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Your crew is worn out, tanned and ready to rest up for another day. It’s time to pull the boat out. Although this is really similar to launching in reverse, there are some key things to consider. Here’s the rundown.
Like many things with a boat in motion around a stationary object, loading up is best done slowly and carefully. Don’t worry about the lineup at the boat ramp, they will all wait their turn just like you did. Just concentrate on the task at hand and make sure you don’t put yourself between the boat and the trailer. Remember: Slow is smooth and smooth is fast.
Axis makes it easy to get your boat ready to trailer. When you’re ready, hit the “go home” button to drain the ballast, stow Power Wedge® III and Surf Gate®, and deactivate cruise control. It’s as simple as that.
If you’re loading solo, you can beach or dock the boat and get the trailer yourself. If you’ve got help, they can grab the truck and trailer while you idle the boat. This way is almost always faster when there’s a backup at the ramp. In the meantime, prep the boat by stowing your fenders and lines and swiveling board racks back in.
If you’re backing the truck in, take it slow and try to get the trailer to the same depth you used to launch the boat. Every ramp is different, but typically backing in until the front bunks are at the waterline is a good depth. Try to back in straight and keep your windows down and music off so you can hear any signals from your spotters or boat driver. When you’re at the right depth, put the vehicle in park and set the emergency brake.
Here again, slow is the name of the game. Just like you’re kicking a field goal, keep it between the uprights and you’re going to be golden. It’s easy to overcorrect at slow speeds, so try to use small steering movements and short bursts of forward to keep going straight. Try to aim the bow at the winch stand and don’t come in too hot. You can always back up and take another shot at it if you feel like you’re off track.
Hook the winch strap onto the boat’s bow eye and center the bow on the bow roller. Reverse the winch selector so it’s pulling in and clicking, then start winding the boat in. When the bow eye meets the roller, the boat is where it needs to be and you can connect the safety chain if your trailer has it.
Axis makes it easy to get your boat ready to trailer. When you’re ready, hit the “go home” button and your boat will start getting its self ready.
If you stick your tow vehicle in four-wheel drive or four low, you might make your life easier here because the transmission is doing less work and everything happens a little more slowly and with more control. If you don’t have either of these, put the vehicle in drive and release the parking brake while slowly easing down on the accelerator. Do your best not to spin the tires as the boat comes out of the water.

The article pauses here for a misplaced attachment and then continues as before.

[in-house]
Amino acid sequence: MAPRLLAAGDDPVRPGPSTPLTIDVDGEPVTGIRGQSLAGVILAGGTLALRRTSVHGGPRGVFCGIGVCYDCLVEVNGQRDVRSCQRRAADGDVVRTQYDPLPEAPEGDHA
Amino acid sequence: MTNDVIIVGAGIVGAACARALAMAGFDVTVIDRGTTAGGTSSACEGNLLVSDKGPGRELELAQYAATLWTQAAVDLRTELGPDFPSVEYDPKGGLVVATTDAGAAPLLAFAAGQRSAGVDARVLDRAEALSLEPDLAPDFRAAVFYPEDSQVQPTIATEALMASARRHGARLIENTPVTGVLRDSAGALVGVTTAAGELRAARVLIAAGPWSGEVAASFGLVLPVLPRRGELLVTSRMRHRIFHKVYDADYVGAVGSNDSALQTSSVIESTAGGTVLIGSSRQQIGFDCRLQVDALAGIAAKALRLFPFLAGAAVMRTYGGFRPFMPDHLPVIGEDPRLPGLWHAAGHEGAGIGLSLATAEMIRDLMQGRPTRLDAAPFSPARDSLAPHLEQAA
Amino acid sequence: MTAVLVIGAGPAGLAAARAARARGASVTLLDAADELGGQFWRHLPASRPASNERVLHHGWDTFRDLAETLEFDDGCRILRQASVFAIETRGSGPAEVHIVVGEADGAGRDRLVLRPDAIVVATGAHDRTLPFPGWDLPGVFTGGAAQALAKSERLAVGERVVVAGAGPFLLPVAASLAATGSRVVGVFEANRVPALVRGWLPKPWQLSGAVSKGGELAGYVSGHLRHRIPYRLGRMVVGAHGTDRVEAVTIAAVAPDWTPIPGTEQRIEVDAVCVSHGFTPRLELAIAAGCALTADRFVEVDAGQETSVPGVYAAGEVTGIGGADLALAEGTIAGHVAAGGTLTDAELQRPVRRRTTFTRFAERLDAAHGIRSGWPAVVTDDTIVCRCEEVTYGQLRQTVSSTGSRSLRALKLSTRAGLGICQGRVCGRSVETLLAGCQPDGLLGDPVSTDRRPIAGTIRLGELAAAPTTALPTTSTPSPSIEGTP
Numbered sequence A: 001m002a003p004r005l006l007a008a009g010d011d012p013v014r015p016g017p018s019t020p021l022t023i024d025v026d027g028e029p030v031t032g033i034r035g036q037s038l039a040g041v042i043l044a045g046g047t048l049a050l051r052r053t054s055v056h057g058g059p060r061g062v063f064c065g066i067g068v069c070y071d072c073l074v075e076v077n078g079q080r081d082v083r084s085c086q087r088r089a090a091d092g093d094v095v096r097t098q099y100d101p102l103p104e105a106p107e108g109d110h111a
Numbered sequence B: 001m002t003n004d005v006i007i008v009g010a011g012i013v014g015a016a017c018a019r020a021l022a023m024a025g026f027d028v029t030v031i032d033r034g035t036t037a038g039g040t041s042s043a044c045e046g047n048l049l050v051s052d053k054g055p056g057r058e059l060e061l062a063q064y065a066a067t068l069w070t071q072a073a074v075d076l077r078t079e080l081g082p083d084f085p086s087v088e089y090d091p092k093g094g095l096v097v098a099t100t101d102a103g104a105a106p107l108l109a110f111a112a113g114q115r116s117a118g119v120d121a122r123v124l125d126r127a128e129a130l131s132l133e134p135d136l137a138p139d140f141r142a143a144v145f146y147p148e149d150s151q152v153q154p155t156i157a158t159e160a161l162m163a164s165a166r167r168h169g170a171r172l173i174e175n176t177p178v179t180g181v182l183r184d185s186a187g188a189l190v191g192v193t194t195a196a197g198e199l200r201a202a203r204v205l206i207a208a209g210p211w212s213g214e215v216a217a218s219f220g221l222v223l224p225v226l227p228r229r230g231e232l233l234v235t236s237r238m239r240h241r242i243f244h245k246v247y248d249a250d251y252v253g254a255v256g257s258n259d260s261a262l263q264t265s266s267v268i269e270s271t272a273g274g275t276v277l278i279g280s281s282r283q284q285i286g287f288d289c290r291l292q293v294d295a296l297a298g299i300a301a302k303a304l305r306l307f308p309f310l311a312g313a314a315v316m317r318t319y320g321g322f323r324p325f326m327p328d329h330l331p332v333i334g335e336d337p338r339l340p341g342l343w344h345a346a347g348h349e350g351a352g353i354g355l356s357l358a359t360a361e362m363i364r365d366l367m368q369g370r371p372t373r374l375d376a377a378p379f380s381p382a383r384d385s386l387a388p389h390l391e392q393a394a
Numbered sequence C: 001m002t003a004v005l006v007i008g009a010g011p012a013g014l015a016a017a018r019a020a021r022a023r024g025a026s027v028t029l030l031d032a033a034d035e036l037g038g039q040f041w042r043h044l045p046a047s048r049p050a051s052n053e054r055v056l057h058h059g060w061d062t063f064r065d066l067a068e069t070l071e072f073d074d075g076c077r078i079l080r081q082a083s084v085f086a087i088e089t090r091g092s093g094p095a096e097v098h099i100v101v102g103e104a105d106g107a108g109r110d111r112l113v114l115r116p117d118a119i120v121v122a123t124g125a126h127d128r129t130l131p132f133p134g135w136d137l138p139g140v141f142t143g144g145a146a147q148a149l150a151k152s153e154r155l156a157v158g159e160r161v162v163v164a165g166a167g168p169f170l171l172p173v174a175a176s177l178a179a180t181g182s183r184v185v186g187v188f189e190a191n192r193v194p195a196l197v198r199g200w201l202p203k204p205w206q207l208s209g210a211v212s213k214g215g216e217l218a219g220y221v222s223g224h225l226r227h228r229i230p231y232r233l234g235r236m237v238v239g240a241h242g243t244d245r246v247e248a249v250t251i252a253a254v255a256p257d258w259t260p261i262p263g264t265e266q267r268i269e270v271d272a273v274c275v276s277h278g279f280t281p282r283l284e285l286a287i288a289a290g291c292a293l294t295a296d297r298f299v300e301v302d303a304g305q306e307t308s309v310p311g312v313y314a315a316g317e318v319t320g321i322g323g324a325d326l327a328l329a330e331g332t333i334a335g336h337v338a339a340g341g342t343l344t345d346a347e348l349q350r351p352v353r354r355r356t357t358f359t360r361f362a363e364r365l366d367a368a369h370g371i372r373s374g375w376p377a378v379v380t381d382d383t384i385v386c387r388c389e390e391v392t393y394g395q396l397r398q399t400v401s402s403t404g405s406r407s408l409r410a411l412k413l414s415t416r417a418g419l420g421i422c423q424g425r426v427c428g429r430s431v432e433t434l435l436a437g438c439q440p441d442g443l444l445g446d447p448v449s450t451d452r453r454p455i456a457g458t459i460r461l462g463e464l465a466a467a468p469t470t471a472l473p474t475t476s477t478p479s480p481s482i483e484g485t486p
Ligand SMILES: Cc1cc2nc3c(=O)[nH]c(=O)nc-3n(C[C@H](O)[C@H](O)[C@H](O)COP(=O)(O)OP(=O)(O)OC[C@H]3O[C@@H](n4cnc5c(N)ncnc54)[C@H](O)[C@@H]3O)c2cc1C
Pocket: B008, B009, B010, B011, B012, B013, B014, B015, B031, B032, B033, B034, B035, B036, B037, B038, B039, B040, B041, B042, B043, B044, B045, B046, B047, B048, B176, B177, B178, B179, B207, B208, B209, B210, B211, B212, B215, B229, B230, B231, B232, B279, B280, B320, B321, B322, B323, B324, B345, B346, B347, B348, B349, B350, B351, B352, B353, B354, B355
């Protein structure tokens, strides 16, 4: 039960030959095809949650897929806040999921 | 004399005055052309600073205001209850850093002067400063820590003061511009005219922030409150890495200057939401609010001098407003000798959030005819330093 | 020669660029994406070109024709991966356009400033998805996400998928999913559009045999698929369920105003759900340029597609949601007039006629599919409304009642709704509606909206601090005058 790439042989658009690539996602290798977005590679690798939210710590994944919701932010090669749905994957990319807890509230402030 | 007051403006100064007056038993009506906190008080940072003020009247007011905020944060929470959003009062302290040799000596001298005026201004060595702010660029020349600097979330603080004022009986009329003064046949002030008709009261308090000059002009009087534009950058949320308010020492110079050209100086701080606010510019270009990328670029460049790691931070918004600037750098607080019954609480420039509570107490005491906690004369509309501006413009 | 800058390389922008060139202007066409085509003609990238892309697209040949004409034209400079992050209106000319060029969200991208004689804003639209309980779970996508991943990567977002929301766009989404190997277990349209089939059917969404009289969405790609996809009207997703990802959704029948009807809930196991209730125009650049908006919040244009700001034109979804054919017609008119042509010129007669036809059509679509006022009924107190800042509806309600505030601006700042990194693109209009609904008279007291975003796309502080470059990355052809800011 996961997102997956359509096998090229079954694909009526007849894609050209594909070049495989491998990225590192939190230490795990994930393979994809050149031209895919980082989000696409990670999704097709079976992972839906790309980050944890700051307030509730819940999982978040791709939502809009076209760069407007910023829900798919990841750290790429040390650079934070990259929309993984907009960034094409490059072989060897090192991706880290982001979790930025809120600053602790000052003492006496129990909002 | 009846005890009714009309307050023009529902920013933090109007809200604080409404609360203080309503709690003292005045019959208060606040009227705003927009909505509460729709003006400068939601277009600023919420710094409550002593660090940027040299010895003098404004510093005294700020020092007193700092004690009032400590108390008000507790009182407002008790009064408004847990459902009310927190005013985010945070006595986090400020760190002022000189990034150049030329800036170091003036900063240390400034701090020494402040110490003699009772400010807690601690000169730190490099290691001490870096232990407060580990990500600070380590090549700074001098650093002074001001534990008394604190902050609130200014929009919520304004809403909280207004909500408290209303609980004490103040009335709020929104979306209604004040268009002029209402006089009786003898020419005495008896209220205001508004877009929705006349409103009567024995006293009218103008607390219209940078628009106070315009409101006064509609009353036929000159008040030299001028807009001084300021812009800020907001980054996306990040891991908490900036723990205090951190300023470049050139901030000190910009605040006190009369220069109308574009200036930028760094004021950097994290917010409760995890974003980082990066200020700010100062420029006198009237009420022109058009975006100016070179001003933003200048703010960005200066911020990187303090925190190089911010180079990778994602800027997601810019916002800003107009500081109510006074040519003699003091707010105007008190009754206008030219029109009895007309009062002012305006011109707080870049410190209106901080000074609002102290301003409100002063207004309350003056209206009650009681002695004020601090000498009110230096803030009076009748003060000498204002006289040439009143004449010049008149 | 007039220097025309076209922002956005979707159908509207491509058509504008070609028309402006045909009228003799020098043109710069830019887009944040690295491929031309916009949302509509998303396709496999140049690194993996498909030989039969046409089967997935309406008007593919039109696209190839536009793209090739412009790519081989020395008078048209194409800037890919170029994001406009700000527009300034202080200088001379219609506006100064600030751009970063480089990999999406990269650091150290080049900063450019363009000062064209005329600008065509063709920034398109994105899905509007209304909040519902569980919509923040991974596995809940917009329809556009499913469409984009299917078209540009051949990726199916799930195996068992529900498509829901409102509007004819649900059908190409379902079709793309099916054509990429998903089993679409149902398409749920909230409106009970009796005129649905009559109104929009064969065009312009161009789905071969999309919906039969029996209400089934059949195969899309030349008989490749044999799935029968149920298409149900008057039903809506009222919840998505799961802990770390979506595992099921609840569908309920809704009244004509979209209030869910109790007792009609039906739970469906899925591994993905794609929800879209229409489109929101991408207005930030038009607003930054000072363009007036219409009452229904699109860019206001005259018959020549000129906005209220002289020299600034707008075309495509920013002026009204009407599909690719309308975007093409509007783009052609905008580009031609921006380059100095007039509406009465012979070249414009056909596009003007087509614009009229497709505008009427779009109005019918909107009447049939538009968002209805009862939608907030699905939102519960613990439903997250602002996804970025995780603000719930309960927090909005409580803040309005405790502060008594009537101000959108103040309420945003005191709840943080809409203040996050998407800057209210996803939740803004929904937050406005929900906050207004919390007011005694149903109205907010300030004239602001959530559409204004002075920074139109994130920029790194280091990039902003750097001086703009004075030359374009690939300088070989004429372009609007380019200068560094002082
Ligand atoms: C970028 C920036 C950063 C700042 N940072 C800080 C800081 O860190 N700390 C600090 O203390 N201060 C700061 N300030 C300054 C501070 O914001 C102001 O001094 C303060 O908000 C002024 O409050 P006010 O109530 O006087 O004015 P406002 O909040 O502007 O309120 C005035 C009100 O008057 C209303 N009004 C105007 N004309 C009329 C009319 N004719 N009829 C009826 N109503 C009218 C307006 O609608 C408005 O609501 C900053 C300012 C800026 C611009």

Move your rig out of the way of other boaters trying to load, and get your boat and trailer ready to roll. Fasten transom straps, pull the plugs and turn your batteries off. This is also a good time to unload gear, refreshments and snacks. Your electronics should still be plugged in to your tow vehicle, and your safety chains crossed in an “X” pattern so you should be good to go! And it’s easy to do so we’ll say it one more time, don’t forget those transom straps!
You’re going to want to swing extra wide on right turns because curbs and other stationary objects will be close to the trailer, and the trailer will get closer to them as you turn. Don’t be afraid to use multiple lanes and wait for the perfect moment to pull out when you have plenty of space and time.
Your mirrors are your best friend while towing. Use them before changing lanes, turning and to check your rig. Most tow vehicles drive a good five miles per hour below the speed limit on the highway so stay in the slow lane and give yourself plenty of time for exits and turns. Advanced notice from your navigator (or checking the route out ahead of time) is key here.
Since things work in reverse while backing a trailer, it might take a bit of getting used to. If you get stuck, remember the trick of using one hand at the bottom of the steering wheel; whichever way you turn that hand the trailer will go.
Now is the time to make another sweep for anything that needs to come out of the boat while double checking that the batteries are off and the plugs are out. Tilt the seats on edge so the compartments dry out and cover the boat, making sure to fasten all Velcro and tighten the ratchet straps at the back. Set your chocks in place and you’re ready to unhook.
You might have guessed this is the opposite of hooking it up, but we’ll tell you anyway. Unhook the safety chains and electronics, release the coupler and raise it off the vehicle’s ball with the tongue jack and pull the vehicle forward. And that’s all she wrote! Your Axis is ready for another great day on the water and you’re ready for a relaxing night looking back on a great day.
Did you miss the info on how to dock like a pro? No worries, read it here.
*This document is meant as a guide. Always check state and local regulations as well as U.S. Coast Guard regulations for specific boating rules and regulations. Areas and conditions can be unique so it’s best to check ahead of time.
Contact your local dealer to schedule your on-the-water demo & join the Axis Wake Movement. You’ll be glad you did.